July 19th, 2014
This week, the world was reminded of just how awful Comcast can be, thanks toÂ the recording of one appalling customer service call. But that flare-up was also a reminder of how many people could find themselves trapped in similar situations, with fewer ways out, if Comcast’s merger with Time Warner Cable goes through. Fortunately, all it takes is one state to stop it.
The merger could happen, andÂ that’s a scary truth. However, there’s also a chance that the state of New York could throw a wrench in the gears, a wrench big enough to bring the merger to a grinding halt for good. The better news? That process has already started. Back in May, Governor Andrew CuomoÂ announcedÂ that the New York Public Service Commission would “use its new regulatory power to conduct a thorough and detailed investigation” into the merger. The so-called “new regulatory power” refers to a change in the state’s law regarding telecom mergers, one which switches the burden of proof. Now, instead of the PSC having to demonstrate that the merger isn’t in the public interest, Comcast has to prove that it is.
This is terrific news if you’re a fan of freedom and justice. While ComcastÂ swears the merger will benefit consumers, proving as much to a state commissionÂ that exists solelyÂ to ensure citizens get good service without getting ripped off is going to be tough. As such, the PSC has held hearings across the state over the past couple of months and heard from concerned citizens and telecom experts alike in Albany, Buffalo, and New York City. In an email to Gizmodo, the commission reiterated that the purpose of the investigation “is to determine whether the proposed transaction is in the best interest of Time Warner [Cable]’s New York customers and the State as a whole.” The process could conclude as early as August, or it could stretch into the fall.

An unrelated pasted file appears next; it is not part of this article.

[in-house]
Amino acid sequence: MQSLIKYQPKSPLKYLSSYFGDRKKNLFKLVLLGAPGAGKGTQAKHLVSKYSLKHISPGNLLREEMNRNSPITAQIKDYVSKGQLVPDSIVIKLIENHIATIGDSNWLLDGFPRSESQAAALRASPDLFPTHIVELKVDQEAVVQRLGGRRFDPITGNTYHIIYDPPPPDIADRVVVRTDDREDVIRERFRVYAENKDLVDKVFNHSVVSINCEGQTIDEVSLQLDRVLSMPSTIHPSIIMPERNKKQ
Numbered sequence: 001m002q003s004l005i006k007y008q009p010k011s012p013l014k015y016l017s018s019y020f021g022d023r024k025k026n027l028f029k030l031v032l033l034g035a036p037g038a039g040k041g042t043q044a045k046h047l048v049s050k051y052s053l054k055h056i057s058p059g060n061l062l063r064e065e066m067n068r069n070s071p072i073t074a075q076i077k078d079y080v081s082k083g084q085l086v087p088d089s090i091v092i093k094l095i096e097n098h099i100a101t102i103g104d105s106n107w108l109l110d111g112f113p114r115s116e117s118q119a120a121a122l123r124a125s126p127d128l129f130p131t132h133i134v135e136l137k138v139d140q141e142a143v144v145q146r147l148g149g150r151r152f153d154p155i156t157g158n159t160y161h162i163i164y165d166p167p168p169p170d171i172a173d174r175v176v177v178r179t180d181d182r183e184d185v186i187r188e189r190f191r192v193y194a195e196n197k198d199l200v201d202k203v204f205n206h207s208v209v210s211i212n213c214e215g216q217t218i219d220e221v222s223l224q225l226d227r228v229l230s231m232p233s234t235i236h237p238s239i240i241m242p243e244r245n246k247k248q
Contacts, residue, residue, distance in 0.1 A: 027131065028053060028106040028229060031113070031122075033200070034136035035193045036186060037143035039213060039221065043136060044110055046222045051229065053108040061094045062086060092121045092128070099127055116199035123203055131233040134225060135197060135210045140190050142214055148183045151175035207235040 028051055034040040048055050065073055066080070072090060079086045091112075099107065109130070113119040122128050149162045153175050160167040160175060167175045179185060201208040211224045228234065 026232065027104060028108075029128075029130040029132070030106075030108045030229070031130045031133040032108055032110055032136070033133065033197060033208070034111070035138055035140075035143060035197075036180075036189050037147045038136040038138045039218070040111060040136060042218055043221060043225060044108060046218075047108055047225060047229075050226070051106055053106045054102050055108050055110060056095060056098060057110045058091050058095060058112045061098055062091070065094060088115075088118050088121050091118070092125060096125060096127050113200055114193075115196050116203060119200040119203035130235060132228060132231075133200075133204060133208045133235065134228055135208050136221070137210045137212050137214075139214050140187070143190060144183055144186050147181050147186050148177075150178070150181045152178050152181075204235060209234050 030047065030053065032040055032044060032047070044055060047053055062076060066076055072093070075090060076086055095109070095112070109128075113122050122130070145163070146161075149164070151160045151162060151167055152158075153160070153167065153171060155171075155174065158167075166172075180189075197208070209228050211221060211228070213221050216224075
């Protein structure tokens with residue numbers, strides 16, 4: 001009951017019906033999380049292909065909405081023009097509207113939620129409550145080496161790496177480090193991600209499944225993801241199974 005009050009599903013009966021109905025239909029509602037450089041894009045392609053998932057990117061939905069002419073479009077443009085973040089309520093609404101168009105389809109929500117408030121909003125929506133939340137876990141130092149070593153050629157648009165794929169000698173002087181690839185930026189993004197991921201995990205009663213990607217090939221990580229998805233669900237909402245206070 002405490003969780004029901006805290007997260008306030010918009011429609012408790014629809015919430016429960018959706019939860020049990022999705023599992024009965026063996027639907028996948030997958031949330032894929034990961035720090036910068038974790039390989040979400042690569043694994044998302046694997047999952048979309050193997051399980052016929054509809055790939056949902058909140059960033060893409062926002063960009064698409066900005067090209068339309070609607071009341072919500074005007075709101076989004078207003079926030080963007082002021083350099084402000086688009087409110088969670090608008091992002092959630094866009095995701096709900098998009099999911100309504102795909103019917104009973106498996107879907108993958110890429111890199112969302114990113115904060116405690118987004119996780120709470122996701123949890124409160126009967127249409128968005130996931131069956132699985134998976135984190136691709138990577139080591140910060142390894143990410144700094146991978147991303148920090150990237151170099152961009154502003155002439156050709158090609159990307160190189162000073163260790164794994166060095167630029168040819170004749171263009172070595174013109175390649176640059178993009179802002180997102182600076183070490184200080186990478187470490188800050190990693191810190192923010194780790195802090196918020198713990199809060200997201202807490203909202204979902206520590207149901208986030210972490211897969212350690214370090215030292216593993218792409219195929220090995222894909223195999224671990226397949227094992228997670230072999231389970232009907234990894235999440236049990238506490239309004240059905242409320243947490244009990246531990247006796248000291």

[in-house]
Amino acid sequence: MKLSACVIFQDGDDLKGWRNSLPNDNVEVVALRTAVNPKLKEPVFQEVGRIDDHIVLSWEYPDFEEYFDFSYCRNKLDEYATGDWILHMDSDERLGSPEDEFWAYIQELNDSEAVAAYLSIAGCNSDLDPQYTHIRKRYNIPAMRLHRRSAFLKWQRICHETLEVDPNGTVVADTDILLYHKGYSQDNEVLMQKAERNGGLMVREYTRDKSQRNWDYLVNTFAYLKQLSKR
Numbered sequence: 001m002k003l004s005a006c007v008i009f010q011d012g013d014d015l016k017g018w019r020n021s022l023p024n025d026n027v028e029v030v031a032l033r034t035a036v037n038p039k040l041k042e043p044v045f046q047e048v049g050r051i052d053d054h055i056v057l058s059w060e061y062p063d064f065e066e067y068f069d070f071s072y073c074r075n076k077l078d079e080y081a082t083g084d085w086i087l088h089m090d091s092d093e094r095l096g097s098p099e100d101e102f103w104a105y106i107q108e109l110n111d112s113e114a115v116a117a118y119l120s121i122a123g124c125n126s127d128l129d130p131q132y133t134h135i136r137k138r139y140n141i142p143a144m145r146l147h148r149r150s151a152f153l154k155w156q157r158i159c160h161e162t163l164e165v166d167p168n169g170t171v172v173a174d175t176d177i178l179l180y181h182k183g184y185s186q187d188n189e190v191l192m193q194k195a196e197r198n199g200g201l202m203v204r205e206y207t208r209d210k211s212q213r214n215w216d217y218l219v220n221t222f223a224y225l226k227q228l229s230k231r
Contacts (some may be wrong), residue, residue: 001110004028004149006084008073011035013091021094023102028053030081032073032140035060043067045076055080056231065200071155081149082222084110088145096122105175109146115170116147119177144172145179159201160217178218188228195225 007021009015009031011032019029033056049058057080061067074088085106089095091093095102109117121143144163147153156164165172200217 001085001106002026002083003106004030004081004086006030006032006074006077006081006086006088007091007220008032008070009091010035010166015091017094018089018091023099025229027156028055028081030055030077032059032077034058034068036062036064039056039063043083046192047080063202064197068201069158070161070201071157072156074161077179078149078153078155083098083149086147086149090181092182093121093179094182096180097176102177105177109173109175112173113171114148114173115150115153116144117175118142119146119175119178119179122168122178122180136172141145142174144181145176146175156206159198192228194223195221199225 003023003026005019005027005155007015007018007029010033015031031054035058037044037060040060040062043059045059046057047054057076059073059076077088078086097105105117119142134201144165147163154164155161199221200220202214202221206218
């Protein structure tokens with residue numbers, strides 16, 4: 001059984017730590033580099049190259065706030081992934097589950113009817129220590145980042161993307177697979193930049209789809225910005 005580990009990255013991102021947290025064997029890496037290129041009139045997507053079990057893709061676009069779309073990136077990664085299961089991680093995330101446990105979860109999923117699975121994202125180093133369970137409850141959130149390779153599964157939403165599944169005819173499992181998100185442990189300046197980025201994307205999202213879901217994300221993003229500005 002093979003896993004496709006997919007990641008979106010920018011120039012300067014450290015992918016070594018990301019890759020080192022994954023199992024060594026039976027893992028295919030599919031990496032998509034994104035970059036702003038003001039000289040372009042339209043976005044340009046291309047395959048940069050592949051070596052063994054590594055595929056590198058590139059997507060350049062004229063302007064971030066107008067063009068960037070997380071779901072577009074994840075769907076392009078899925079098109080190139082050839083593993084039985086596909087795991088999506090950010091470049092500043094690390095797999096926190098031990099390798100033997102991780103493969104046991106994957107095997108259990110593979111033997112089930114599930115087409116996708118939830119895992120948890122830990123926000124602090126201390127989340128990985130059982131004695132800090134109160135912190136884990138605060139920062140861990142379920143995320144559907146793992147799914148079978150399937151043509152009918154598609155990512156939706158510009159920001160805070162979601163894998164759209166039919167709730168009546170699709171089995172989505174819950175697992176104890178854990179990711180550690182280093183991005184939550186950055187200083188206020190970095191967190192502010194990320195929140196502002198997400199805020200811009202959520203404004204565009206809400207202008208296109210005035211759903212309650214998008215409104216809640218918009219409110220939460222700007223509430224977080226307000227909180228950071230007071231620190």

Other outcomes are certainly possible. Lieutenant governor candidate Tim WuÂ has said many timesÂ that he would block the merger if elected. Wu, who also happens to be the guy that coined the term “net neutrality,” has stopped short of saying exactly how he would do that. Meanwhile, other states could could come to similar conclusions, but none of them wields the population leverage of New York. That in mind, it seems less likely that other states where TWC is the predominant providerâ€”namely Ohio and North Carolinaâ€”would ever have such a dramatic effect on the larger process.
Again, we’ll have to wait a few more weeks to see how things play out in New York state. So far, things don’t look good for Comcast, though. Dampier pointed us toÂ the public input on the merger,Â where about 2,300 people have stepped up to voice opposing or neutral opinions about the merger. Zero say they support it.
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